Regardless of lake choice, check those areas. Try very shallow in spawning areas and any new weed growth in and adjacent to them. Try any wood or rock cover as well. Probably the most underrated spring locational pattern is open water fishing – in all types of waters, but often, especially-so in those clearer waters with little weed growth. And, if only one or two spawning areas exist in the lake – that deep water adjacent to spawning zones offers great odds. Understand that muskie do prefer the warmer water in the area in spring for comfort. And the vast majority of the forage does too. In spring, what part of the water column is the warmest? Most fish and predators will be in that upper layer, during the day, especially on warming sunny days.
As with any time of year, it should be a patterning process. In clear water, sight fishing offers potential in the shallows, too. But try the obvious structures and edges; if fish are found look for more of the same. At this time though, I often try open water fish first – as the best place to attempt to pattern active muskies. And I don’t need to bother running lures any deeper than the visibility of the water to catch fish. Open water fishing is very hard for most to get confidence in. There’s something about fishing in deep water, with no visible structure at all – that just kills many angler’s psyche. In reality, it’s really a pretty small zone though, especially in spring, when concentrating on the top layer (basically the upper 15 feet) – and the deep water adjacent to spawning zones. Always drop a waypoint or some type of marker when a fish is contacted in open water, as predators do bunch up.
When it comes to presentations, a good general rule is that smaller lures will overall be more effective. In cooler water slower presentations are generally better; lots of pauses with erratic lures … those neutrally-buoyant can be especially effective. As waters warm, the larger stuff should work better. Gradual warming days are generally best; cold front days or hot (fast-warming) are abnormal and will generally require more in-their-face presentations and less action/speed. There are no rules though; only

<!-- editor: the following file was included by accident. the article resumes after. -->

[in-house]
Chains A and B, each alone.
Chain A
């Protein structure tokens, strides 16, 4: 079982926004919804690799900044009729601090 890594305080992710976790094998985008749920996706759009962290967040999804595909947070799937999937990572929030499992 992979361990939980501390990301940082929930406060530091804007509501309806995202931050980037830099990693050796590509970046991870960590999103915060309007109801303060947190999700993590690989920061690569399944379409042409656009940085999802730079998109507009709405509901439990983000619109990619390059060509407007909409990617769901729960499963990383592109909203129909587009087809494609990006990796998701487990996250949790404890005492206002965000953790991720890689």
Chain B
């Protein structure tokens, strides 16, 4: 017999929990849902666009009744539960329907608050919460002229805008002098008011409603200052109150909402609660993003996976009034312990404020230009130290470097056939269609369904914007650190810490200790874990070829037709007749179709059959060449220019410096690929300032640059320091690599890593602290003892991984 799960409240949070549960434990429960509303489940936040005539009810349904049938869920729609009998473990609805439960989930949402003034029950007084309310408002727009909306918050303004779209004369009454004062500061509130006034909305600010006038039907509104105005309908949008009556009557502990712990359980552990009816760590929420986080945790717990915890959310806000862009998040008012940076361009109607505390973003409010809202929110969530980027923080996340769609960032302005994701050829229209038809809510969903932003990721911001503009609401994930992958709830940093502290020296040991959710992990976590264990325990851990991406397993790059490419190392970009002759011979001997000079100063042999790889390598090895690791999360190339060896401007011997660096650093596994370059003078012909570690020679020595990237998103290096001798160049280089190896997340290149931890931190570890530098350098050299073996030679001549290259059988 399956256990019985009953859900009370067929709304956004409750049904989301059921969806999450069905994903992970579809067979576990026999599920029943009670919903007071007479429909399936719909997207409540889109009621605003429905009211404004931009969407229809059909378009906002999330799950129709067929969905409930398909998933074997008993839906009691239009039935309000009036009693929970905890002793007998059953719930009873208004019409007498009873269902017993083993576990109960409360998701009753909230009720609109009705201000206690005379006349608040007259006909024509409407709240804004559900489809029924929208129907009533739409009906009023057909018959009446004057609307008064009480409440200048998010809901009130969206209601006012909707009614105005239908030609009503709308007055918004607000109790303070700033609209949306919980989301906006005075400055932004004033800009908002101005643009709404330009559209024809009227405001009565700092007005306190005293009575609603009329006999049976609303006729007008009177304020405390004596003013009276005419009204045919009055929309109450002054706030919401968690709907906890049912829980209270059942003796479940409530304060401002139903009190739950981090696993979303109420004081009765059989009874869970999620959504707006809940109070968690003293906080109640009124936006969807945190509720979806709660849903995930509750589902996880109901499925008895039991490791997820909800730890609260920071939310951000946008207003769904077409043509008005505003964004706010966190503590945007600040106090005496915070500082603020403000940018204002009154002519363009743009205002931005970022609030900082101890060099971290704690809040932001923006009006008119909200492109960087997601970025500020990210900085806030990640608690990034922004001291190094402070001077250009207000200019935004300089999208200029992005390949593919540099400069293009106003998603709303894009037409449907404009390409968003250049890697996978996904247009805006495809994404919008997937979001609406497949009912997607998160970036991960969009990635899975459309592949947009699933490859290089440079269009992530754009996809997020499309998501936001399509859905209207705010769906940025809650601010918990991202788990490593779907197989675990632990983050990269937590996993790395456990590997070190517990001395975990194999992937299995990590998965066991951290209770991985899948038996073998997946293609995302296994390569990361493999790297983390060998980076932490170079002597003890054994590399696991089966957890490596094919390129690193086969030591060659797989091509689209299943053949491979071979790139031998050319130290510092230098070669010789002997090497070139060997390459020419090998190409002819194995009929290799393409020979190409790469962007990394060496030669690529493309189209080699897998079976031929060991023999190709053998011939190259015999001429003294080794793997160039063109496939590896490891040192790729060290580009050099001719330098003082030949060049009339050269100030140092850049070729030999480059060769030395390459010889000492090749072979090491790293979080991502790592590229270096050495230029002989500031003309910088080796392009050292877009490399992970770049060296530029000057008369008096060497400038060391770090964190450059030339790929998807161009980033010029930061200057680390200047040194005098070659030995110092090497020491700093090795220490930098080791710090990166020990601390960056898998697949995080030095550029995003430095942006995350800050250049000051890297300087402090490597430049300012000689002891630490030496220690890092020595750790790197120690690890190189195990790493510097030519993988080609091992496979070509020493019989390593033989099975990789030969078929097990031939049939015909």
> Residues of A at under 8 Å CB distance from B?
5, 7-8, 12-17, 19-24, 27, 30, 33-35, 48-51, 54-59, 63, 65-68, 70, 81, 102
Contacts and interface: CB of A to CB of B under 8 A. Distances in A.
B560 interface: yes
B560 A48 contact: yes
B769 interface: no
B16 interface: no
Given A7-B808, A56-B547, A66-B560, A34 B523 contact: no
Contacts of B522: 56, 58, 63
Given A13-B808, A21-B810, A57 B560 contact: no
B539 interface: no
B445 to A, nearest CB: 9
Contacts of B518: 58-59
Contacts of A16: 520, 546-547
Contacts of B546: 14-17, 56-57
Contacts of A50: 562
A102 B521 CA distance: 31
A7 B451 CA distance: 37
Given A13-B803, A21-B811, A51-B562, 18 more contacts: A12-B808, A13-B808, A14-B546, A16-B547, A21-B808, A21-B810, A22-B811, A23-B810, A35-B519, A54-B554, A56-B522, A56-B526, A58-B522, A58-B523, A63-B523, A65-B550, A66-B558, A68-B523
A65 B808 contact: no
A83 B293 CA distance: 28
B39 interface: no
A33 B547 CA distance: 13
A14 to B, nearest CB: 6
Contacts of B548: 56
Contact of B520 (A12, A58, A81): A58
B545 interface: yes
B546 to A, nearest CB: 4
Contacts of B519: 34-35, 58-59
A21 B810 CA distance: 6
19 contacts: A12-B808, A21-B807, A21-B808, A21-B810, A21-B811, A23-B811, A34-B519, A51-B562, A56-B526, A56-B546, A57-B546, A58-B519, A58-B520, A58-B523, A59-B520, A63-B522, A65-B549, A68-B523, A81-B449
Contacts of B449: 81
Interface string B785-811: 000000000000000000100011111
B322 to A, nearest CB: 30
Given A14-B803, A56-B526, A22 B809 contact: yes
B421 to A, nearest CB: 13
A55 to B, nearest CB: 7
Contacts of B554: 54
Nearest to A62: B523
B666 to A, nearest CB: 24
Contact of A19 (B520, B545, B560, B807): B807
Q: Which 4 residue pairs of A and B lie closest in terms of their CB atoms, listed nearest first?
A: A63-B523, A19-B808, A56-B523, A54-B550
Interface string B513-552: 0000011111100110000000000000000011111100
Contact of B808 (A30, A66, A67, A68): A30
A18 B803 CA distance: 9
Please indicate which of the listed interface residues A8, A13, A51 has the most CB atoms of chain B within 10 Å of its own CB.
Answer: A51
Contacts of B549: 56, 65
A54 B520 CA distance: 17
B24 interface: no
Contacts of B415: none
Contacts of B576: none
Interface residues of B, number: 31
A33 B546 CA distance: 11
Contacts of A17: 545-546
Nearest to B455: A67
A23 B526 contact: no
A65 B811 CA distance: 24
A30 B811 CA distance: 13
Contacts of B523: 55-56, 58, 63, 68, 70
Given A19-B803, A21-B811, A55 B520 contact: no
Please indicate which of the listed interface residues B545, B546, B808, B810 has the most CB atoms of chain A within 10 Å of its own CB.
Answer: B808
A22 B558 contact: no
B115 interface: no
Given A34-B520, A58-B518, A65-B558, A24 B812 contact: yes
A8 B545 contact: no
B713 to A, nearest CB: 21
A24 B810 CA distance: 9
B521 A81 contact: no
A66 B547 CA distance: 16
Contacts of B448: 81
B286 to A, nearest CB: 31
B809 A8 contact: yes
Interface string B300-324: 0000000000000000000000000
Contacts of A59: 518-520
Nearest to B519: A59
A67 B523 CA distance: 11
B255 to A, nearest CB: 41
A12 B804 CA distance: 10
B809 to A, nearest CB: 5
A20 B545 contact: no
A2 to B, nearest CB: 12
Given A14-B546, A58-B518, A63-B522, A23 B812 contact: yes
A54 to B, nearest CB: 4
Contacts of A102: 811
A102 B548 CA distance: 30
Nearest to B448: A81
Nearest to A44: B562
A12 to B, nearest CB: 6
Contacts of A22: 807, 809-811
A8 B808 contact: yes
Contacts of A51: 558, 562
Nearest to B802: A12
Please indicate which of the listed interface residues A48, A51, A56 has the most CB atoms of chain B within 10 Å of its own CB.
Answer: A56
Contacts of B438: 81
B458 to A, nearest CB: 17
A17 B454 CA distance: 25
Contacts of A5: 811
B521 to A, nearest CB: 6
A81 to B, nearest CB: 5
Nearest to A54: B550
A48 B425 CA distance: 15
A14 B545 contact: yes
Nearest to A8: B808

probabilities. Don’t leave the big baits home and certainly don’t leave the surface baits home (in case you’ve heard the theories about waiting for baby ducks to appear before trying).
Crank and jerk baits are likely my overall favorites in spring. Imitating wounded critters with lots of pausing can be very effective. The Sebile Magic Swimmer (that straight snake-swim is very enticing presentation too). Soft plastics can be a great option too!
For some reason, spoons can be especially effective for the open water situations. Not that deeper diving lures won’t work, but again, overall, run lures shallow in the water column. Topwater should not be considered out of the question whether it be a foot of water or sixty. If fish are located on a specific spot, but not triggered, one of the best choices to come back at ‘em with later is a topwater.
Again, I understand that fishing open water is an intimidating concept to many, but think of it like this: The muskies have been up in shallow water spawning in warm water. Now they are done, and ready to eat. They still want to be in warmer water, as do their prey – and the upper 10 to 15 feet of the water column offers that preferred temp range. So the muskies simply cruise out of their spawning areas toward open water, but staying at the same basic depth level they were in when in shallow water. It’s a horizontal move to deeper water, not a vertical move to deeper water. Understand this and you’ll be fishing the right zone to get your Next Bite!